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Using the .tree attribute of cKDTree gives you direct access to the kdtree. You can recursively navigate it like this: from scipy.spatial import cKDTree tree = cKDTree(points) # let points be an array of shape (n,2) groups = [] depth = 5 # depth of the tree, ie: depth=5 results in 64 bins def recurse(node, i=0): g = node.greater l = node.lesser ...


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NLopt has about a dozen local derivative-free optimizers, including SLSQP in C. Only COBYLA currently supports arbitrary nonlinear inequality and equality constraints; the rest of them support bound-constrained or unconstrained problems only. (However, any of them can be applied to nonlinearly constrained problems by combining them with the augmented ...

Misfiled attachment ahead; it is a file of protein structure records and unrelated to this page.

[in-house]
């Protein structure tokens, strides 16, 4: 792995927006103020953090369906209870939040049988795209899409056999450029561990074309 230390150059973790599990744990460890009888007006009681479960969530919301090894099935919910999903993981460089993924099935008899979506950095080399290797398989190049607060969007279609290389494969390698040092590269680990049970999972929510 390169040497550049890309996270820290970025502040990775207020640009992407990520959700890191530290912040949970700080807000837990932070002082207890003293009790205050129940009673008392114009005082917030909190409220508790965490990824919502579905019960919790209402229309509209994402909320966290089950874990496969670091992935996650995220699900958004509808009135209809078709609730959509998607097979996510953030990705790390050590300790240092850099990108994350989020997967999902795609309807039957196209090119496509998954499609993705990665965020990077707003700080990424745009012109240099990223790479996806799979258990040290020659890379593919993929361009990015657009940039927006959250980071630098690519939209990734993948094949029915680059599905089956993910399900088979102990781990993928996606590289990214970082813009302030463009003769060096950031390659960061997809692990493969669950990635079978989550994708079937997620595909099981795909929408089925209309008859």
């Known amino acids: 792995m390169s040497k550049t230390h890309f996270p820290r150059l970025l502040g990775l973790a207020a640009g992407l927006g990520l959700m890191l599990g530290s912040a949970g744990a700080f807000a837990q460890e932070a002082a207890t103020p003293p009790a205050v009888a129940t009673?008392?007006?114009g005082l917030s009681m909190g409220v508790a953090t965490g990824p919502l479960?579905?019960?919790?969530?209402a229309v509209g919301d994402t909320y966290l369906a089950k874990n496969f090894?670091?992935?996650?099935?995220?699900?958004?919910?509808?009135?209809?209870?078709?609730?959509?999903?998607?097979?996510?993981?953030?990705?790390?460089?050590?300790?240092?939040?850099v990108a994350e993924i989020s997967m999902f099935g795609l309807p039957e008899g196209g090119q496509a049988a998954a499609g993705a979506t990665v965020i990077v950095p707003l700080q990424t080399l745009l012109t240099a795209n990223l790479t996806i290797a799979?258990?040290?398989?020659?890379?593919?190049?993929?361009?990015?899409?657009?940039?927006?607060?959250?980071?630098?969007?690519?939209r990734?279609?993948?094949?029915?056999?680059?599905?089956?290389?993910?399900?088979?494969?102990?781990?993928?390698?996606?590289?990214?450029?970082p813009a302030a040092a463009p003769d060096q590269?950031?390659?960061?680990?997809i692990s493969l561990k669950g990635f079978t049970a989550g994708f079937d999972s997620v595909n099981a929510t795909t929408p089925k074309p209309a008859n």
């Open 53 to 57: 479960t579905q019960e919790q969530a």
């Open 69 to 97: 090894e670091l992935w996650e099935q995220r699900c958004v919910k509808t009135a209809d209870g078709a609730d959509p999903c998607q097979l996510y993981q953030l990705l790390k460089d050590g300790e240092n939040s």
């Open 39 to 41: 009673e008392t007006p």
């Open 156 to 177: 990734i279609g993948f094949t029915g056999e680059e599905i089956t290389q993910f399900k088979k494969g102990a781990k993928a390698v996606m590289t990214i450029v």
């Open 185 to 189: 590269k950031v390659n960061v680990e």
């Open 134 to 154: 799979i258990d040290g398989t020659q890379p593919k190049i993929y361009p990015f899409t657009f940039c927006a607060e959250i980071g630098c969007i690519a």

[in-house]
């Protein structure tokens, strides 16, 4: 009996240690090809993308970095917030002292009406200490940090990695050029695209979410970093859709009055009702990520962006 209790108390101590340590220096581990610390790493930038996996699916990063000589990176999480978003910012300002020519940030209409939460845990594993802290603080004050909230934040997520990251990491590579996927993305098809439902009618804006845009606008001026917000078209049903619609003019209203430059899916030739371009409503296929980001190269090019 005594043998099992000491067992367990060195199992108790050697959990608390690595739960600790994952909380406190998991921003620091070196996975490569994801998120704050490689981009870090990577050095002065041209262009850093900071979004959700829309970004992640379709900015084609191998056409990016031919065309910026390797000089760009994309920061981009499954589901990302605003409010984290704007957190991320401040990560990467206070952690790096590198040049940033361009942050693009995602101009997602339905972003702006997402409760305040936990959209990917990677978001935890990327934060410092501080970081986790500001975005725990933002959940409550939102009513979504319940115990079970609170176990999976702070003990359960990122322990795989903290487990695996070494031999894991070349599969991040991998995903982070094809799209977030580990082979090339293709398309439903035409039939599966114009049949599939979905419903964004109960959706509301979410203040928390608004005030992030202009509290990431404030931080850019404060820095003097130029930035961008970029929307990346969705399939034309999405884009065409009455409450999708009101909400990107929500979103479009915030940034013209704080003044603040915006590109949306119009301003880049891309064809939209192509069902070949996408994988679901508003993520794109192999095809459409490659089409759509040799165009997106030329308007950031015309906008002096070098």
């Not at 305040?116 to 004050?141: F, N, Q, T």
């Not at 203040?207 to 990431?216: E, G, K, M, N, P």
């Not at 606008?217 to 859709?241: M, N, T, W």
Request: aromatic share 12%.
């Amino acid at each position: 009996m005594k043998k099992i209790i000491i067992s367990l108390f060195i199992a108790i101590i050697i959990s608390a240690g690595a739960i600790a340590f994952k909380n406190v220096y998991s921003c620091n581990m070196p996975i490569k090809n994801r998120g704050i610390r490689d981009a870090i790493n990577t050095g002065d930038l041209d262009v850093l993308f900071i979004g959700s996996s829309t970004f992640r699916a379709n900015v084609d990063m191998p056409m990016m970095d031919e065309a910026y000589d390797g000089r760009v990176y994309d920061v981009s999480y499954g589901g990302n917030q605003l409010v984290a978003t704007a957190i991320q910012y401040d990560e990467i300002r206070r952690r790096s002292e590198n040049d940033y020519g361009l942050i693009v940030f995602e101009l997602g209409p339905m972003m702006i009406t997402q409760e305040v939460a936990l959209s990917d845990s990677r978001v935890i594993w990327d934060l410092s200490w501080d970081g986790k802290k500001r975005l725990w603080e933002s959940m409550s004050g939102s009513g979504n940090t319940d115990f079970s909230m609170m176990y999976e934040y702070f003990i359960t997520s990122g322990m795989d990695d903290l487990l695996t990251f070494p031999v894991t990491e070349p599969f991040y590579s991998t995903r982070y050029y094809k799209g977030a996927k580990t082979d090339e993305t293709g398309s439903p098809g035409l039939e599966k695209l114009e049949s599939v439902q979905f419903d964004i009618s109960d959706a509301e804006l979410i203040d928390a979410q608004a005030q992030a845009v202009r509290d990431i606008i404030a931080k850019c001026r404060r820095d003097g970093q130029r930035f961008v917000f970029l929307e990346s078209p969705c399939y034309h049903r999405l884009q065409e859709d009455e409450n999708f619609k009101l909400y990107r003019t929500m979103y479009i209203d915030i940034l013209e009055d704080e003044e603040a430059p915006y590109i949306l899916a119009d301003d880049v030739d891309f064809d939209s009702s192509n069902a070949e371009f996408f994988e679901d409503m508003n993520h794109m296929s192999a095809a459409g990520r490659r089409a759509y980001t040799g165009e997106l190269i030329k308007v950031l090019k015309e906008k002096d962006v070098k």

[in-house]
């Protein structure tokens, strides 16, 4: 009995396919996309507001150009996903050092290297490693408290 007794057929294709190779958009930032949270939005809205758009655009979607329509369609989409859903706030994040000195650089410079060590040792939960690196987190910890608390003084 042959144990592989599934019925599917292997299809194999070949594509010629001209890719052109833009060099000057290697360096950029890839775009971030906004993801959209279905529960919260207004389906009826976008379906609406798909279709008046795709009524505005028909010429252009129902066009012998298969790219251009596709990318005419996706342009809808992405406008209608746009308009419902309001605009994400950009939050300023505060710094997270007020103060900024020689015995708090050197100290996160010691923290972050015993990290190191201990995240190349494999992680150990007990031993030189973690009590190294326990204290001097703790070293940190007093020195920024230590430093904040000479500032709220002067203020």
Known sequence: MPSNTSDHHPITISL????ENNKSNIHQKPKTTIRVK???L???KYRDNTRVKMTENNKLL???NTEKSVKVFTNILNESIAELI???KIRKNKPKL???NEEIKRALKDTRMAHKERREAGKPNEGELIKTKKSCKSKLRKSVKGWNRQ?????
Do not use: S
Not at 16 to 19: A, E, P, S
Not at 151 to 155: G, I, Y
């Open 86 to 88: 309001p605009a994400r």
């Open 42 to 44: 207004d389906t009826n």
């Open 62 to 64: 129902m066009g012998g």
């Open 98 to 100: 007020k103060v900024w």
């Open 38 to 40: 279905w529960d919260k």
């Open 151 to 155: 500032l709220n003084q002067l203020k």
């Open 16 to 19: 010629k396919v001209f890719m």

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You could compute the Voronoi diagram. Each cell in this diagram contains exactly one point and taken together the cells cover the domain. If you need, say, $n$ points in each bin, it is then a matter of picking a cell, merging it with its $n-1$ neighbors, and doing the same for the remaining cells.


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